And new book. This year I'm branching out and picking a wide variety of different types of books for my 1st-3rd grade book club. The first book of the year was The Frog Prince, Continued by Jon Scieszka. There were twelve girls in attendance. (What happened to all my regular boys?)
We followed the same basic format I always use : icebreaker, discussion, activity/game, snack, pictionary
Only, we didn't actually get to the activity because they had so much they wanted to share about the book. It was amazing. Before I got the chance one of the kids asked, "what if they wrote a third book?" So we talked about that for awhile and the other fairy tales we'd like to see continued. Then we spent some time talking about Jon Scieszka and looking at some of his other books. (I got to recount the time I went to a luncheon at which he spoke.)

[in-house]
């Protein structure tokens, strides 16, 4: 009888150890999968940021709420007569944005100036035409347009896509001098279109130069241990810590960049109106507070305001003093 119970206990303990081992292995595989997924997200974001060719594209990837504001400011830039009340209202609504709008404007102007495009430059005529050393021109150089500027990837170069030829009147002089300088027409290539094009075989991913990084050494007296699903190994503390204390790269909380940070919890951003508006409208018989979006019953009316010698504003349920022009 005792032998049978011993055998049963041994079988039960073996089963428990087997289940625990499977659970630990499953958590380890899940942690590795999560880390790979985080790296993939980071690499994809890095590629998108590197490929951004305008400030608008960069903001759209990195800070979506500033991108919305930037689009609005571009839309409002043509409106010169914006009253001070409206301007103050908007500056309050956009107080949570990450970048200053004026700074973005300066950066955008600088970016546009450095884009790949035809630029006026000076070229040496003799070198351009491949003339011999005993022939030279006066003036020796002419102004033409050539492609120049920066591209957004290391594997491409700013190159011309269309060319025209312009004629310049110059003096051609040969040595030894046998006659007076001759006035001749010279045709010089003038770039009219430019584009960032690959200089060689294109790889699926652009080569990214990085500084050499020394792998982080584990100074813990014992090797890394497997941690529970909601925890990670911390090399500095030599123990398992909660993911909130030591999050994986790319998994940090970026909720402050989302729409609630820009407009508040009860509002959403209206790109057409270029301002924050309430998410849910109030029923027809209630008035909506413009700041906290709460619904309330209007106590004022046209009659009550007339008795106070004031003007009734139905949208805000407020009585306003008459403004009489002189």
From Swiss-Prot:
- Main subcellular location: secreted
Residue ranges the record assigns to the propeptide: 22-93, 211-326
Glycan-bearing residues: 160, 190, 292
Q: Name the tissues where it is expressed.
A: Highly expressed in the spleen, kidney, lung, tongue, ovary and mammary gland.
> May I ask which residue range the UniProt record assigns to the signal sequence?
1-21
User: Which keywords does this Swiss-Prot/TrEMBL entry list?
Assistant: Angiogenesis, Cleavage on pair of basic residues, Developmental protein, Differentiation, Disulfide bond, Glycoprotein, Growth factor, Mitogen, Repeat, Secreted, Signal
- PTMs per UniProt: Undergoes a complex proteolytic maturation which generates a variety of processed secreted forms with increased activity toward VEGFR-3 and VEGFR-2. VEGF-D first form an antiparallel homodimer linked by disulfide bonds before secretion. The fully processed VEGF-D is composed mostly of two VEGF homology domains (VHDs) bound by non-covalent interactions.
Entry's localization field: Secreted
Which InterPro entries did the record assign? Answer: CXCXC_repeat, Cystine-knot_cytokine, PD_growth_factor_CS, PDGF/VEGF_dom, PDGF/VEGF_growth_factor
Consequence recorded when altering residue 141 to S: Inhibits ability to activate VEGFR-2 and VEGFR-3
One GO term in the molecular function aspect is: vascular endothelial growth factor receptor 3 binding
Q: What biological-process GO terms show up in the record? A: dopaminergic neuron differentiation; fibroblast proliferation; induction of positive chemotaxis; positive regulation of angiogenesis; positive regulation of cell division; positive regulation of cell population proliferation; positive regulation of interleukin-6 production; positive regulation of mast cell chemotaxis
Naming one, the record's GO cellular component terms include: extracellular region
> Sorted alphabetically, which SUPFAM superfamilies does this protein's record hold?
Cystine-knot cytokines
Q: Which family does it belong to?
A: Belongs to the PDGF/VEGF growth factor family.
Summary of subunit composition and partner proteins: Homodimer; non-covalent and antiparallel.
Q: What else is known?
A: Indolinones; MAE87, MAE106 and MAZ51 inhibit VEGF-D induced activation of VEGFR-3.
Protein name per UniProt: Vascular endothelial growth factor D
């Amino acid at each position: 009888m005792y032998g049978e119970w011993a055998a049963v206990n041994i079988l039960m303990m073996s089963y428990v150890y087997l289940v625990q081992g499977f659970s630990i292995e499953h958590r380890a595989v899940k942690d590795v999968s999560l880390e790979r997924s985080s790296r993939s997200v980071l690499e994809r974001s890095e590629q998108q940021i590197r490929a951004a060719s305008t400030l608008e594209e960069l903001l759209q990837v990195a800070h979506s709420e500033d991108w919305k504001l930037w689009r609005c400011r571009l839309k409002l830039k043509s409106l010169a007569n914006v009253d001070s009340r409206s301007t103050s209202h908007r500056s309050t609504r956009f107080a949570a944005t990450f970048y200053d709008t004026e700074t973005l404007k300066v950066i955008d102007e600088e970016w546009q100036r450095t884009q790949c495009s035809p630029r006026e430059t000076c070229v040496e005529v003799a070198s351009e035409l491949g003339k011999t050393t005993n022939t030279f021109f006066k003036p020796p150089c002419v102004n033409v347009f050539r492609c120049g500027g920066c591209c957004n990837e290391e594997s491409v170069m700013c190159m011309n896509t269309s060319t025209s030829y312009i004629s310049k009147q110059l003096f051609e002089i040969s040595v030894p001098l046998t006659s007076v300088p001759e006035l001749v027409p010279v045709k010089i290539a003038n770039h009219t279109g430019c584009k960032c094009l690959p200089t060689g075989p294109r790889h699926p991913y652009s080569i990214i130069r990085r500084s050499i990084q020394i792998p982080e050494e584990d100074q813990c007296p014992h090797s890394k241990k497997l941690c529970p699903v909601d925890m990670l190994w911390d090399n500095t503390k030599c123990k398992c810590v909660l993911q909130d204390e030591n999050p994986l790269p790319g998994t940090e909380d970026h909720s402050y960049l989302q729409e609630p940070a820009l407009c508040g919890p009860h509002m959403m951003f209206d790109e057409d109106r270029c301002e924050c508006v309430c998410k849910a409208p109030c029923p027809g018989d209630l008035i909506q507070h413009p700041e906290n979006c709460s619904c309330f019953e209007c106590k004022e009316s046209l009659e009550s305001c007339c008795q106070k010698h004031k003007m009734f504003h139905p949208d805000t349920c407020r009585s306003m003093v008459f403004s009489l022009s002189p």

A simple form of pictionary has become my standard closing activity. I make them pick words having to do with the book for their first round and the second round they get to do whatever they want. This freedom of choice never fails to elicit cheers.
The kids never want to leave. I've had the program run for an hour and a half before and yet they always clamour for more. Yesterday I heard, "It felt like a party," and "It felt like we were only here for 5 minutes."
So, I've succeeded in getting the kids to read a book, come to the library and have a great time. But I struggle with the question of how to foster better discussions, and how much I should even worry about that. My main goal is not education, it's not even to get them thinking more about the books. My main goal is to provide a different kind of book discussion experience than they get at school, introducing them to different books along the way.